JT couldn't play his way out of trouble
After John Terry's decision to quit international football, Chris Charles sums up the life and times of 'Teflon Terry'
Infamy, infamy, they’ve all got in for me. A classic Carry On film line – and one that would serve as a fitting epitaph to John Terry.
The Chelsea skipper announced his retirement from international football on the eve of an FA hearing into allegations that he racially abused QPR defender Anton Ferdinand.
As impeccable timing goes, it was right up there with any of the crucial challenges he has made on the pitch, while closing another chapter in a career dogged by controversy off it.
"Terry is a centre-back from a bygone era – a beast of a man carved from the proverbial granite"
Terry can rightly point to the fact he has already been cleared of any wrongdoing in a court of law and if he is exonerated for a second time, the calls for him to reverse his decision will begin, with England manager Roy Hodgson having already nailed his colours to the mast by controversially picking the former Three Lions captain for Euro 2012, while omitting Ferdinand’s brother, Rio, from the squad.
Hodgson argued that he was taking Terry on footballing merit - and on that point it is hard to disagree, with the 31-year-old rarely letting his country down, despite mischievous chants suggesting the opposite whenever he pitches up at a rival Premier League ground to unwittingly fulfil his role as everyone’s favourite pantomime villain. (Although many opposition fans would secretly love a player of his stature marshalling their defence.)
Terry is a centre-back from a bygone era – a beast of a man carved from the proverbial granite whose motto could be borrowed from Gandalf in the Lord of the Rings - You Shall Not Pass.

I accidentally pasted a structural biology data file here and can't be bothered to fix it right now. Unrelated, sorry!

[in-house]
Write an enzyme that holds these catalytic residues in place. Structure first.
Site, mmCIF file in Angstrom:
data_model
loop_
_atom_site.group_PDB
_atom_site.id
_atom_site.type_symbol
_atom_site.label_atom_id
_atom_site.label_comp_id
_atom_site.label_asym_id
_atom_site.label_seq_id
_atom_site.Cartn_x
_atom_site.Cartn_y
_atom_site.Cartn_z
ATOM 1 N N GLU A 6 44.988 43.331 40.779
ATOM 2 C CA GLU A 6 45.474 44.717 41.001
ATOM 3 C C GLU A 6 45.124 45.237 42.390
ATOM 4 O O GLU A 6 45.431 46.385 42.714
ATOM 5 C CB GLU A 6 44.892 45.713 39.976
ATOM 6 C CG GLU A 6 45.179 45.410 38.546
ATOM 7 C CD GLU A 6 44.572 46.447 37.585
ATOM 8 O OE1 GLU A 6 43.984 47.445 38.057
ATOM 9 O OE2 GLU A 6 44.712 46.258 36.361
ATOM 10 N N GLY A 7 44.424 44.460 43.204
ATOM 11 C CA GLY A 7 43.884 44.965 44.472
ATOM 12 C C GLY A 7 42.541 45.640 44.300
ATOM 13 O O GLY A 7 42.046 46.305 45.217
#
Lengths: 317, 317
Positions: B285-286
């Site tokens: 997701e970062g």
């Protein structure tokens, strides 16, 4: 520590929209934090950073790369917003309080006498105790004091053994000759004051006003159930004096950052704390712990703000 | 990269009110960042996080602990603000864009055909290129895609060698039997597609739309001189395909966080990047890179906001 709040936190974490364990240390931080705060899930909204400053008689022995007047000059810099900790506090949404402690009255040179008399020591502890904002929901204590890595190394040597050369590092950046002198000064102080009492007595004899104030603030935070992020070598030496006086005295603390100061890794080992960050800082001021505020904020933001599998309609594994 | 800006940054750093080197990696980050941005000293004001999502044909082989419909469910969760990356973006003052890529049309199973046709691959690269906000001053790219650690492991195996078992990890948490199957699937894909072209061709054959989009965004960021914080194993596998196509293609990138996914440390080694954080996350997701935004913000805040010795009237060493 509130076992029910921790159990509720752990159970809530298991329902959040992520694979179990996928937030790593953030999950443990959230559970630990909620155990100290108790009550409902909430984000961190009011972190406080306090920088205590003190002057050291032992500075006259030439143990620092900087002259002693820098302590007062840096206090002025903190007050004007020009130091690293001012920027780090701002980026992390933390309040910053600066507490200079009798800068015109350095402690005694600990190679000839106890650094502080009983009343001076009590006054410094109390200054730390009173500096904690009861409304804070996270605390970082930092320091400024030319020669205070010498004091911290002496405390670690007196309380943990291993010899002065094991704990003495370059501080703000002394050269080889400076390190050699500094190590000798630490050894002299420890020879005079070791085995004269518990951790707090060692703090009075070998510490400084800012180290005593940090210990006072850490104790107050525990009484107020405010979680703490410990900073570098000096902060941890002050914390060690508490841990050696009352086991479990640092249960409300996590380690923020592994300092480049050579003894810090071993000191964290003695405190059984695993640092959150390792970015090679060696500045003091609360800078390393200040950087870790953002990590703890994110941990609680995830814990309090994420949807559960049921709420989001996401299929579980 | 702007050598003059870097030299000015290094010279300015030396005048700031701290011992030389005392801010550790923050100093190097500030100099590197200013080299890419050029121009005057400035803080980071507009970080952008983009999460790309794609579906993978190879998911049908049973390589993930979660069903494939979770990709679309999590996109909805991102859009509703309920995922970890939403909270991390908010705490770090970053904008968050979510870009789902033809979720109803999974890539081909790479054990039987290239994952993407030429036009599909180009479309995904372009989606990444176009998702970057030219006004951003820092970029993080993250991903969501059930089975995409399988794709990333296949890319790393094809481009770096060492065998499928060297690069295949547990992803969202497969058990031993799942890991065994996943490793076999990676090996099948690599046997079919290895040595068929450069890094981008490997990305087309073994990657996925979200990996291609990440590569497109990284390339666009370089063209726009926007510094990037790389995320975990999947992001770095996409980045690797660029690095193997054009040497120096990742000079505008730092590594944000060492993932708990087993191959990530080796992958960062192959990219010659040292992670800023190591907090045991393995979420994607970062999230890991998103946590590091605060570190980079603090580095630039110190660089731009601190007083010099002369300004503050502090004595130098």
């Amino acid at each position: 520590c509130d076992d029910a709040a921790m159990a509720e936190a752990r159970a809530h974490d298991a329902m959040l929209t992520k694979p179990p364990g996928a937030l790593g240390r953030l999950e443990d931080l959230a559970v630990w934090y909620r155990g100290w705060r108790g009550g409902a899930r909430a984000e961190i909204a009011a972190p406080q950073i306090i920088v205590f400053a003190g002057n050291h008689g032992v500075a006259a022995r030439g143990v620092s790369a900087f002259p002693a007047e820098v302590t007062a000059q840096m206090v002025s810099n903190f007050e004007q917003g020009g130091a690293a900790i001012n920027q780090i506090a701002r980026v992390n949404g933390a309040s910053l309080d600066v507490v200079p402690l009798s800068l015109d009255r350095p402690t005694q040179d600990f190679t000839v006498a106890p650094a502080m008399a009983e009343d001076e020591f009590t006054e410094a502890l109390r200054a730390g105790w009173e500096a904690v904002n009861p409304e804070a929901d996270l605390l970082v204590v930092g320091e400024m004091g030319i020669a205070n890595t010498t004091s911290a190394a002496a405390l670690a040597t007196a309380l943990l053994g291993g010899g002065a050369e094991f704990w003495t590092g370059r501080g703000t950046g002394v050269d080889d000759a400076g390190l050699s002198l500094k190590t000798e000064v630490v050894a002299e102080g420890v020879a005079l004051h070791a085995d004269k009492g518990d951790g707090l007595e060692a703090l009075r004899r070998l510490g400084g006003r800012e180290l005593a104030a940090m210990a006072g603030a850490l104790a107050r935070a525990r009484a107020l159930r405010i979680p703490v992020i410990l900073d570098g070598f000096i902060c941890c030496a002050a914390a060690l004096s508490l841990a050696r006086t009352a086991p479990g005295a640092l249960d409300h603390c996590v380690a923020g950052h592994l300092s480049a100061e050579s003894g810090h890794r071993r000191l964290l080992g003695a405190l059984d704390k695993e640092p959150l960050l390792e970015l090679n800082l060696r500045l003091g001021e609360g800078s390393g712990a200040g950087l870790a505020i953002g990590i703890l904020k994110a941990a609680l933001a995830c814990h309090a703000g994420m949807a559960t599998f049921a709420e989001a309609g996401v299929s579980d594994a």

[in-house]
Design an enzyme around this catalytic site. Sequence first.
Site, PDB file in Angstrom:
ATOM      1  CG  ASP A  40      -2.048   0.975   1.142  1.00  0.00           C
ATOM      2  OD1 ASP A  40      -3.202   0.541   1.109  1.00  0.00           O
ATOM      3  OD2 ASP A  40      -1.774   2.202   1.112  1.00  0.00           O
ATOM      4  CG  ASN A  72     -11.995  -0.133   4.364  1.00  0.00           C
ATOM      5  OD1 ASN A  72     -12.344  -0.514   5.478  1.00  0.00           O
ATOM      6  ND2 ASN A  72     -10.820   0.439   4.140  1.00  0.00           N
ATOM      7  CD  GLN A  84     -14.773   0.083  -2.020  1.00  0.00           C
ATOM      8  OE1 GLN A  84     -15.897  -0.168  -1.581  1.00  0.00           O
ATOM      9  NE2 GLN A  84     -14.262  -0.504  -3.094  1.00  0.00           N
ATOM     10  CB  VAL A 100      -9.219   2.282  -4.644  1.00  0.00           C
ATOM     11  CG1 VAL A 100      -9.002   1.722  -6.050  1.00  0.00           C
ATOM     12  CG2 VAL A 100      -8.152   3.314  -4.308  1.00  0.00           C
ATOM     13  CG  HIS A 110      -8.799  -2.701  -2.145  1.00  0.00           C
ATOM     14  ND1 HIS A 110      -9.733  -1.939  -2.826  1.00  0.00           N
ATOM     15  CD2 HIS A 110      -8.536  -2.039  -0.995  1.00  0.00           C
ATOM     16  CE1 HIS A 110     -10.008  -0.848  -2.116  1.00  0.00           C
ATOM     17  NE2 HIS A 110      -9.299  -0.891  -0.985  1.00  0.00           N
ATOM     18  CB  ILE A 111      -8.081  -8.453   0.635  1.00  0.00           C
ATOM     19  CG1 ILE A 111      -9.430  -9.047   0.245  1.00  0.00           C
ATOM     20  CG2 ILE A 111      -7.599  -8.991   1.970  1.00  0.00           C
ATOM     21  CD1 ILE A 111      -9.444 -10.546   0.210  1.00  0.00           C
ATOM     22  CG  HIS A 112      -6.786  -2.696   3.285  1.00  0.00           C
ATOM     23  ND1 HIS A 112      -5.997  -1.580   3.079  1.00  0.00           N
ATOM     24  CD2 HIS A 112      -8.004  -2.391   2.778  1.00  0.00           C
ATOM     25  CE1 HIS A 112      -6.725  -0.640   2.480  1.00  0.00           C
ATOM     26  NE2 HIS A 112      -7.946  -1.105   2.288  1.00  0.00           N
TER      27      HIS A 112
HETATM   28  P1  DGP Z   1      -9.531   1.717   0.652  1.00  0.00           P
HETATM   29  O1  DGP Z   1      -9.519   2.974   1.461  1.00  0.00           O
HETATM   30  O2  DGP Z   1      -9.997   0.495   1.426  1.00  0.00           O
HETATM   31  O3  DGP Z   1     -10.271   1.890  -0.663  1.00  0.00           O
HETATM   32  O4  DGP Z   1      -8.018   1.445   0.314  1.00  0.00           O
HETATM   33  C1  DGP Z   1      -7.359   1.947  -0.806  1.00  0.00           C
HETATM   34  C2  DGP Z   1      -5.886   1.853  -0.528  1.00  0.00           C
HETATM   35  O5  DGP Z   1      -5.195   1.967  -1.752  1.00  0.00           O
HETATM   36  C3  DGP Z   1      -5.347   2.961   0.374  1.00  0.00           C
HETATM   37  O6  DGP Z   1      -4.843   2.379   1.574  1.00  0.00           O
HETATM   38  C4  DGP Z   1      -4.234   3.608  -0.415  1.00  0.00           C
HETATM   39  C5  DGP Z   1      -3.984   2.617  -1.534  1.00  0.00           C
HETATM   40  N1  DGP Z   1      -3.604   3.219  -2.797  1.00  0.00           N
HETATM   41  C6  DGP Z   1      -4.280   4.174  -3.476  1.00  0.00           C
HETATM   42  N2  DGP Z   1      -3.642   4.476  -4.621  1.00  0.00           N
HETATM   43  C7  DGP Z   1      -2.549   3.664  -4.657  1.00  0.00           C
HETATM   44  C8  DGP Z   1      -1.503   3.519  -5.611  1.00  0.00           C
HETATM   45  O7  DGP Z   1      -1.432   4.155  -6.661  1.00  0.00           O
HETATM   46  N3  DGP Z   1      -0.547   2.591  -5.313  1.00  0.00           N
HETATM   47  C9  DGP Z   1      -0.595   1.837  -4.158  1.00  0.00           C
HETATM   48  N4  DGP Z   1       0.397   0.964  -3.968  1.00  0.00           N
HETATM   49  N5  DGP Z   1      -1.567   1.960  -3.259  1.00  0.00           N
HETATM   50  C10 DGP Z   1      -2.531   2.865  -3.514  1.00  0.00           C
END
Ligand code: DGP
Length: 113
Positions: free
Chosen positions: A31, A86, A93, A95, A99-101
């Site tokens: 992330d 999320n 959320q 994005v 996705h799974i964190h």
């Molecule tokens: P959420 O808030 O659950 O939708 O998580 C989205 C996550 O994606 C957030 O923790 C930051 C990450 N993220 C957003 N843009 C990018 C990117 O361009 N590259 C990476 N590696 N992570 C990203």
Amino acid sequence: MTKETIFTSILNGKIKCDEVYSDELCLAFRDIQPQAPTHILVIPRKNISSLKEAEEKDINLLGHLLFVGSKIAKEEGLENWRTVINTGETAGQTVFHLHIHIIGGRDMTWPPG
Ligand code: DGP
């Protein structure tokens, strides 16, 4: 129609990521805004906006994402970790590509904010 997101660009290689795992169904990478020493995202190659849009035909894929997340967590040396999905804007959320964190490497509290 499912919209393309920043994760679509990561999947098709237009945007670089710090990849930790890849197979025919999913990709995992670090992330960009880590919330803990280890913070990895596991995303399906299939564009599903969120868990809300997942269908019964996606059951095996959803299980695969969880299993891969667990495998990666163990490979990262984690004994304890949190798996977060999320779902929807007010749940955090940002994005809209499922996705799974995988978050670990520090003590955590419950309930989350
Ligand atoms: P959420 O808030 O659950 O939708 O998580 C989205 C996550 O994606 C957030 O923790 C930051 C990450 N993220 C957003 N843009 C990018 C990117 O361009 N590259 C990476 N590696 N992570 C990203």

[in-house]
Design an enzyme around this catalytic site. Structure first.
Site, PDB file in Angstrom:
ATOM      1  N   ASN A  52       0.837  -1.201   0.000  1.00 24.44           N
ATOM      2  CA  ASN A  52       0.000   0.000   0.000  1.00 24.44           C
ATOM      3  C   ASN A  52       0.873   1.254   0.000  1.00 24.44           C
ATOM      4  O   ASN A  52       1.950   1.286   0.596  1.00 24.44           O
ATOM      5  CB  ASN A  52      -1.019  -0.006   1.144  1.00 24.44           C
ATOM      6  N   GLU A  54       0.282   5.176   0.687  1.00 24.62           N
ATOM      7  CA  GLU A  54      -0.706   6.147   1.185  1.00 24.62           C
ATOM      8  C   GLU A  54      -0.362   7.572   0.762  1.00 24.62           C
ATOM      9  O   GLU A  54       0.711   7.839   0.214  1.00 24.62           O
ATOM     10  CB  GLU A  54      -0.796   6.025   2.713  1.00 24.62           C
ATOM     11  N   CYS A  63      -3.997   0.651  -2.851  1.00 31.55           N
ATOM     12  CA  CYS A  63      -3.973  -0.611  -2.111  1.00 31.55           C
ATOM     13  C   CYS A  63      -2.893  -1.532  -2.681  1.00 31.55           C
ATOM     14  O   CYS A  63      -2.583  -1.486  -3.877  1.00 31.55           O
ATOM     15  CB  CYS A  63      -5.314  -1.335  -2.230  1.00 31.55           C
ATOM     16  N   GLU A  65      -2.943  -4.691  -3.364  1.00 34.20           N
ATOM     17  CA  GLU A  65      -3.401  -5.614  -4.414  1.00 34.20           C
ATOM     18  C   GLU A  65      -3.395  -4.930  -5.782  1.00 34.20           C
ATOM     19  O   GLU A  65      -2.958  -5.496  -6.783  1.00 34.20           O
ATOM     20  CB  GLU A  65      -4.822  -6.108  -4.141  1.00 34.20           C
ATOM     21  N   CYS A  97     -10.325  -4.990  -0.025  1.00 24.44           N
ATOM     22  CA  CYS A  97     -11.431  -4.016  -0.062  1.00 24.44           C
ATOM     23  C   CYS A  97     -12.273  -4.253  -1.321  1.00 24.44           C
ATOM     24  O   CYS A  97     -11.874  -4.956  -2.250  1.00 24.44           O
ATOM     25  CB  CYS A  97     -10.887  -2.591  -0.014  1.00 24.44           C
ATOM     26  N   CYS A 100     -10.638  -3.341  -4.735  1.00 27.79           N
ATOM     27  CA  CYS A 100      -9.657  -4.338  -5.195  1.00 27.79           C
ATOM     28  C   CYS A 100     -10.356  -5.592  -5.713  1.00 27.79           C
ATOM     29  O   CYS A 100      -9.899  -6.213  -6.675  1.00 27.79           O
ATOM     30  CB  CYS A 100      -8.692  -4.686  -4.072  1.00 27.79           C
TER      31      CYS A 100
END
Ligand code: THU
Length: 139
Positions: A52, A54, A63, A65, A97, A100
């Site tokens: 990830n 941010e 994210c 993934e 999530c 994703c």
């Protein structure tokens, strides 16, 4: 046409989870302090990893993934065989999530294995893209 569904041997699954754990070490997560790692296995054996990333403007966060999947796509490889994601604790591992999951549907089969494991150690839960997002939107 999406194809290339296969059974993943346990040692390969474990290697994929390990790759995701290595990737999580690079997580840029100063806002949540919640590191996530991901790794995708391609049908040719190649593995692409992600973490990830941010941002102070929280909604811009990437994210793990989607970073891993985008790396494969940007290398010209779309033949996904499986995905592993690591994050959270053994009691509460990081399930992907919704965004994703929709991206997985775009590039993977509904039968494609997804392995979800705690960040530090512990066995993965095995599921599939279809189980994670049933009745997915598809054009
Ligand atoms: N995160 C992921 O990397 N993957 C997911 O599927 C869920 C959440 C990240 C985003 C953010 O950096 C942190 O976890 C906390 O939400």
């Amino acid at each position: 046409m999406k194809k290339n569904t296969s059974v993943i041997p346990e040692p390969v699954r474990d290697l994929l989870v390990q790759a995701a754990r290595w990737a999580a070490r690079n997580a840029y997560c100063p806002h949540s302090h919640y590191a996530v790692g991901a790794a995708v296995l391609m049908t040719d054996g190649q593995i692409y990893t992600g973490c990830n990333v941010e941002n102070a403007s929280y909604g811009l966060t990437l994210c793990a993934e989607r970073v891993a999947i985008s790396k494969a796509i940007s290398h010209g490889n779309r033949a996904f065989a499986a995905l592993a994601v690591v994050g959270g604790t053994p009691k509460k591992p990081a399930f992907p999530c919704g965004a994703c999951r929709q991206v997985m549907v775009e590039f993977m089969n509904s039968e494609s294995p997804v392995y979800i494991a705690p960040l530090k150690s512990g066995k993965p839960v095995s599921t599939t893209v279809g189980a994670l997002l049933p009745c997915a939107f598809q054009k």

"Like Galloway, the defender has been embroiled in controversy after controversy but always seems to shake off whatever is thrown at him"
A commanding presence at the back, with an admirable ability to organise and galvanise team-mates, he never knows when he is beaten – witness the goal-line clearance against Ukraine that earned his team a vital victory at Euro 2012, whatever the subsequent replays of the incident suggested.
And you could never question his commitment, continuing to play for his country despite twice being stripped of the captaincy and staying on the pitch whilst injured against Moldova earlier this month – a match which proved to be his last for England (although don’t bank on it).
If George Galloway were ever to cross swords with Terry, he would undoubtedly salute the player’s indefatigability –or, if you prefer the football parlance, bouncebackability. Like Galloway, the defender has been embroiled in controversy after controversy but always seems to shake off whatever is thrown at him - earning him the nickname Teflon Terry.
You get the feeling many of his Chelsea team-mates would walk over burning coals if he asked them to, while the ‘JT. Captain. Leader. Legend.’ banner that adorns Stamford Bridge succinctly sums up the views of most Blues supporters.
But despite those softly-spoken tones and cheeky grin, there’s no escaping the baggage that comes with John Terry. Captain, leader, fantastic player – most definitely. Legend? Not likely.
Chris Charles is a QPR fan who used to write very funny blogs for the BBC. He likes punk music but dislikes celery. You can follow him on Twitter @Chris_Charles
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